The last review on this website of Mir Castle
dated from 2010. It is however the most prominent tourist attraction of Belarus, receiving 300,000 visitors a year. I went there on a day trip from Minsk, with a car and driver for the day (we also covered nearby Nesvizh on the same tour). Driver Roman was pleasant company, and he made sure that I was given audioguides in English at both locations to learn more about their backgrounds. This approach made the tour considerably less expensive than taking a guide in person with us for the day.
Mir Castle only lies an hour away from Minsk, and is accessible from the country’s main highway to Brest (we fantasized that we could drive straight ahead, all the way to Amsterdam via Warsaw and Berlin, a drive of at least 1,700km). We arrived at Mir at the opening hour of 10 a.m.
The reconstruction of the castle only has been finished since 2013. Entrance costs 10 BYN (New Belarus Ruble), quite expensive at 4.5 EUR: this is far more than the average main course in a restaurant in Minsk. Access to the interior of the castle is now one of the main attractions: 6 years ago it was still completely bare inside, now the rooms have been filled with objects commonly associated with European late medieval castles (canonballs, armoury, hunting trophies). There are also many portraits of the families who lived in this castle. Almost everything on show is a reproduction: the real valuables have long ago been carried away, to museums in Warsaw for example. Still it gives an idea of how it must have looked like. There’s even a reconstruction of the wine and beer cellar!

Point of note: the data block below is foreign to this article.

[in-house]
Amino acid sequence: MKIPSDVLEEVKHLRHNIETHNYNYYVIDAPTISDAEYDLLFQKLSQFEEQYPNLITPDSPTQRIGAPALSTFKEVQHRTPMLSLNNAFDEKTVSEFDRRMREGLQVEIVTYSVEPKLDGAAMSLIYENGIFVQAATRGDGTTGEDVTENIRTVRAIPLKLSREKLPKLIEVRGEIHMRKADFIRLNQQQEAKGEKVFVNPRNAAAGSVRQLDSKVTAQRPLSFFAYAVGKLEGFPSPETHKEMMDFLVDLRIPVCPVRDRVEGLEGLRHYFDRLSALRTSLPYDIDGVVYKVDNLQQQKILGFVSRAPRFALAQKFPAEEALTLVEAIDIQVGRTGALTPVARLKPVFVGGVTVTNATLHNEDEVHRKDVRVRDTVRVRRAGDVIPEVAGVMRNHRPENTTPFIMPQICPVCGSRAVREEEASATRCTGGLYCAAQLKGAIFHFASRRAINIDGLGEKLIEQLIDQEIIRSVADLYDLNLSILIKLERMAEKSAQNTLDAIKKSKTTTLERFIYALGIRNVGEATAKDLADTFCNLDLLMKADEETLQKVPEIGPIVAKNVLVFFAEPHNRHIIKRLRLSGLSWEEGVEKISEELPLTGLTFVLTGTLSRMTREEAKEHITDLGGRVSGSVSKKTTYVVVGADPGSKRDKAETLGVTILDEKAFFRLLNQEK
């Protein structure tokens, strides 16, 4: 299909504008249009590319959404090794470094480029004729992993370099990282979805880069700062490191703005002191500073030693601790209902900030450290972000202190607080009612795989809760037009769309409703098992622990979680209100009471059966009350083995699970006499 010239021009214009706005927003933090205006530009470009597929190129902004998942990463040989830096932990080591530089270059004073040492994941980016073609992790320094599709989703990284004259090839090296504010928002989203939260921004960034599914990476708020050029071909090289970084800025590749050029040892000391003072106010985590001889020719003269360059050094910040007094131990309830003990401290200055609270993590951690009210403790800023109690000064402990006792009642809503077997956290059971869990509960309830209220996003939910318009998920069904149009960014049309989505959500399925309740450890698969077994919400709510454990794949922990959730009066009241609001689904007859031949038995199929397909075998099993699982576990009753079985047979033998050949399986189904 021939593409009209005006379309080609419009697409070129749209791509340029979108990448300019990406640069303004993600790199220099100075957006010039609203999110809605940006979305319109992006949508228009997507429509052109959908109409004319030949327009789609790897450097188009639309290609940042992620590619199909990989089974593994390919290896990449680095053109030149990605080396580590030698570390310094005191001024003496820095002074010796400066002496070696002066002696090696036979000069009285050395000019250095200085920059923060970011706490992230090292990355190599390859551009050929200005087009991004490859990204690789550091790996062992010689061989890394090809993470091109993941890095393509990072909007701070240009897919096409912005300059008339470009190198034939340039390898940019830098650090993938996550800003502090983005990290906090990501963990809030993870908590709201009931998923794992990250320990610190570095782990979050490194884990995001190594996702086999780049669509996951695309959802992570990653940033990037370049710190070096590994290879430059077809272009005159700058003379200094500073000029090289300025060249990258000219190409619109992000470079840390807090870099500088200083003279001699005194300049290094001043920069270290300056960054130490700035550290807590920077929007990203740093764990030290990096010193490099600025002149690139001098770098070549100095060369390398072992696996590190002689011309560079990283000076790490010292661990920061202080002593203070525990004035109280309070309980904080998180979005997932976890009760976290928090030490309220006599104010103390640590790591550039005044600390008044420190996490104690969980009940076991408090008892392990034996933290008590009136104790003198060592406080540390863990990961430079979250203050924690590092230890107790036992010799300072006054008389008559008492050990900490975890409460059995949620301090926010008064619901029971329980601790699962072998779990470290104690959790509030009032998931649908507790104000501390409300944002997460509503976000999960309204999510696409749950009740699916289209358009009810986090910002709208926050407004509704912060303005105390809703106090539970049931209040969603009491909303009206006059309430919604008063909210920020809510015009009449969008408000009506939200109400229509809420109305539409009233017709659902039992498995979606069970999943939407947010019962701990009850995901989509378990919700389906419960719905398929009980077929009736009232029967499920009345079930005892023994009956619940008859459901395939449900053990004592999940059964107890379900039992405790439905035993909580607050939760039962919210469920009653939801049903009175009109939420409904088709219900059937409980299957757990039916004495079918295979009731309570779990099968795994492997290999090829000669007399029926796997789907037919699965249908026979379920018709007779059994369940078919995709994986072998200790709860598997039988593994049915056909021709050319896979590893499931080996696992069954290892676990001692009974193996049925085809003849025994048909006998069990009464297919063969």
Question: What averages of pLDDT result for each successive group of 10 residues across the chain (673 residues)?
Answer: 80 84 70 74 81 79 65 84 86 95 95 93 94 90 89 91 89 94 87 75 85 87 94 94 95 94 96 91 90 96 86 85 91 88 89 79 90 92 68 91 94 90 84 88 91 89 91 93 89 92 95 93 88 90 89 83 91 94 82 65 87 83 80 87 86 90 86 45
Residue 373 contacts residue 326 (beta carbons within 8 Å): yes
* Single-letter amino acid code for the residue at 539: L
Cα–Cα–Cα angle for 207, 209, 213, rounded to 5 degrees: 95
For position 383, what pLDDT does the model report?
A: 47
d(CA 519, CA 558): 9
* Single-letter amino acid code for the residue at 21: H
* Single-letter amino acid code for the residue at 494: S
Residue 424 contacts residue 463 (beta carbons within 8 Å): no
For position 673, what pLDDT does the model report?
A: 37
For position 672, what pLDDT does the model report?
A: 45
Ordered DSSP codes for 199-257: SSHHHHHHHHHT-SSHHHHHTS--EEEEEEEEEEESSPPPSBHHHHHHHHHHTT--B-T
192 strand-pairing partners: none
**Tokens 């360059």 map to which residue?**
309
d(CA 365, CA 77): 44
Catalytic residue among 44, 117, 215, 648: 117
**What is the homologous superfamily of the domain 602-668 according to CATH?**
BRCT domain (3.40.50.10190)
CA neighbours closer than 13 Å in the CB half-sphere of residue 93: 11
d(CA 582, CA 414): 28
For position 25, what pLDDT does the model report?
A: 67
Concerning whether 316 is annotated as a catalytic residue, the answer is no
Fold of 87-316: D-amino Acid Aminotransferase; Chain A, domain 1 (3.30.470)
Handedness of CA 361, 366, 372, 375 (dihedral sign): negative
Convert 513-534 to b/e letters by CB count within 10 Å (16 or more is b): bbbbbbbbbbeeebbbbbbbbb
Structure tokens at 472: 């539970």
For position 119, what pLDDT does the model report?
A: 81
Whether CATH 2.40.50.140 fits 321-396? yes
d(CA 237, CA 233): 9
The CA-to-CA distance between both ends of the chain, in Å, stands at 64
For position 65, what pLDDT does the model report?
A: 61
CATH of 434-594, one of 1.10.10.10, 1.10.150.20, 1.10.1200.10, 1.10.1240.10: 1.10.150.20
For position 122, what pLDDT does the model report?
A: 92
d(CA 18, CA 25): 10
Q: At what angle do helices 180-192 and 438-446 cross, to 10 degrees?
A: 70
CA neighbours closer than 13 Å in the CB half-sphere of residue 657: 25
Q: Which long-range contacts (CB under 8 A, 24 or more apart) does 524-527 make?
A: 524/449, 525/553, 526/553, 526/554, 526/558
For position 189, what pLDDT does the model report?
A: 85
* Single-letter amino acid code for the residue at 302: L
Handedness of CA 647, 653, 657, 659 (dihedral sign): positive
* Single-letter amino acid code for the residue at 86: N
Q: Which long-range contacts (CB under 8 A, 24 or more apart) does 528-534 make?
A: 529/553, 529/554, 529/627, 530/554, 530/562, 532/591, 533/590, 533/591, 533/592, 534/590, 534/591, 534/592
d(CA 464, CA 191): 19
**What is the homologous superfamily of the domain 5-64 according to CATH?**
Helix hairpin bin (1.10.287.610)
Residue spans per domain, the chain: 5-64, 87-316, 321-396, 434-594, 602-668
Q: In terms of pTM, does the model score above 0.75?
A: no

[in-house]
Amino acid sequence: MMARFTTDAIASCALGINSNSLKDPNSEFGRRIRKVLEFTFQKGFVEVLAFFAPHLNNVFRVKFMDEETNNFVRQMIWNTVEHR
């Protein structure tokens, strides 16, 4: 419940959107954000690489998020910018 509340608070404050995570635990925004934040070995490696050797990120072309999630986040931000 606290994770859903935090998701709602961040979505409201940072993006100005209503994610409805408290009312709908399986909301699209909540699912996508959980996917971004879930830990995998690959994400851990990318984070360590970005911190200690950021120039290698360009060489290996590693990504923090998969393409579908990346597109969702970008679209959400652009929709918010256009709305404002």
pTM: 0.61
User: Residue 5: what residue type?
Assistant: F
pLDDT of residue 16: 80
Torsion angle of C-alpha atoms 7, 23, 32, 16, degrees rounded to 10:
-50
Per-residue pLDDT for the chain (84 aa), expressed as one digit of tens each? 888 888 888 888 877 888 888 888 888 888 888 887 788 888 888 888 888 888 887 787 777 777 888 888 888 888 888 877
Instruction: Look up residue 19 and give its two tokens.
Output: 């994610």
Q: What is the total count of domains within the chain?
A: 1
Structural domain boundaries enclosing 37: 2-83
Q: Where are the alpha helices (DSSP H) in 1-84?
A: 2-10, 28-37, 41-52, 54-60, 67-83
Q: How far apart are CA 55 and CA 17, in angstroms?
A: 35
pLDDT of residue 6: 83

|Dining room, including heaters with Radziwill coat of arms|
Belarus has very few 'old' things left: both the First and the Second World War and the Soviet era are to blame. Only in 1991 they seriously started to renovate the castle, after it had been empty for decades and had served as a POW camp. The castle barely got in on the List: it is part of our infamous Inscribed at third attempt or more
connection. During my pre-visit research (carried out between 5 and 6.30 a.m. in the morning of the same day that I went there!), I found out that ICOMOS originally even had advised ‘Rejection’ at its first try in 1991. A study had confirmed that it was of “a type that is not uncommon in this area of Central Europe”, and they did not see sufficient quality.
I spent 1.5 hours on site, taking in the castle’s interior, the brick chapel on the grounds (closed) and doing a full loop around the lake. Men were even fishing there. From the wooden bridge on the far side of the lake, one has the best view of the castle - with four of the five towers in sight. The very different design of these towers clearly is the castle’s Unique Selling Point.
|View from across the lake|
In the course of the morning a lot of other visitors had arrived. All three car parks were fully occupied when I returned to the gate to drop off my audioguide. Most arrivals seemed to consist of Belarusian day trippers. The influx of Western European tourists, as is seen in Vilnius for example, is still far away here.